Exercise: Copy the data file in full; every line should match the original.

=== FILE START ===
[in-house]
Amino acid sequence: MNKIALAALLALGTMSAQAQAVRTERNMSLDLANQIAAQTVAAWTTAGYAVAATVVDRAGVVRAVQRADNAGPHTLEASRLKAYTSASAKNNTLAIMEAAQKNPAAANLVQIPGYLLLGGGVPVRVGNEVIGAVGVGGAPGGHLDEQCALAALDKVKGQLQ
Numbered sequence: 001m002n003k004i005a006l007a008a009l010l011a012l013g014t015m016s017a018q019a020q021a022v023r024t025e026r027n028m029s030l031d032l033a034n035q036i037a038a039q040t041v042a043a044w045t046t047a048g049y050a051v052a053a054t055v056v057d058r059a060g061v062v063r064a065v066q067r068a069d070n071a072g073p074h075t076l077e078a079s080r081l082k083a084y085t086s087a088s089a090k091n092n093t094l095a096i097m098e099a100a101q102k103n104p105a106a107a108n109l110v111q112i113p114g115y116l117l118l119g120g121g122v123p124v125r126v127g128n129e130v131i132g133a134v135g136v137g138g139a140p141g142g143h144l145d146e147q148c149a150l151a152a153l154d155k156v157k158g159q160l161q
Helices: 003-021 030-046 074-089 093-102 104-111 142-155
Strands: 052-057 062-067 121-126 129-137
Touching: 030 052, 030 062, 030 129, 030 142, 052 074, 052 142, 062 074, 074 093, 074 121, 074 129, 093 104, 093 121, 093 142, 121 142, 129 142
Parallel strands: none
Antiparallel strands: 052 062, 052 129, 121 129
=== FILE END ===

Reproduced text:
[in-house]
Amino acid sequence: MNKIALAALLALGTMSAQAQAVRTERNMSLDLANQIAAQTVAAWTTAGYAVAATVVDRAGVVRAVQRADNAGPHTLEASRLKAYTSASAKNNTLAIMEAAQKNPAAANLVQIPGYLLLGGGVPVRVGNEVIGAVGVGGAPGGHLDEQCALAALDKVKGQLQ
Numbered sequence: 001m002n003k004i005a006l007a008a009l010l011a012l013g014t015m016s017a018q019a020q021a022v023r024t025e026r027n028m029s030l031d032l033a034n035q036i037a038a039q040t041v042a043a044w045t046t047a048g049y050a051v052a053a054t055v056v057d058r059a060g061v062v063r064a065v066q067r068a069d070n071a072g073p074h075t076l077e078a079s080r081l082k083a084y085t086s087a088s089a090k091n092n093t094l095a096i097m098e099a100a101q102k103n104p105a106a107a108n109l110v111q112i113p114g115y116l117l118l119g120g121g122v123p124v125r126v127g128n129e130v131i132g133a134v135g136v137g138g139a140p141g142g143h144l145d146e147q148c149a150l151a152a153l154d155k156v157k158g159q160l161q
Helices: 003-021 030-046 074-089 093-102 104-111 142-155
Strands: 052-057 062-067 121-126 129-137
Touching: 030 052, 030 062, 030 129, 030 142, 052 074, 052 142, 062 074, 074 093, 074 121, 074 129, 093 104, 093 121, 093 142, 121 142, 129 142
Parallel strands: none
Antiparallel strands: 052 062, 052 129, 121 129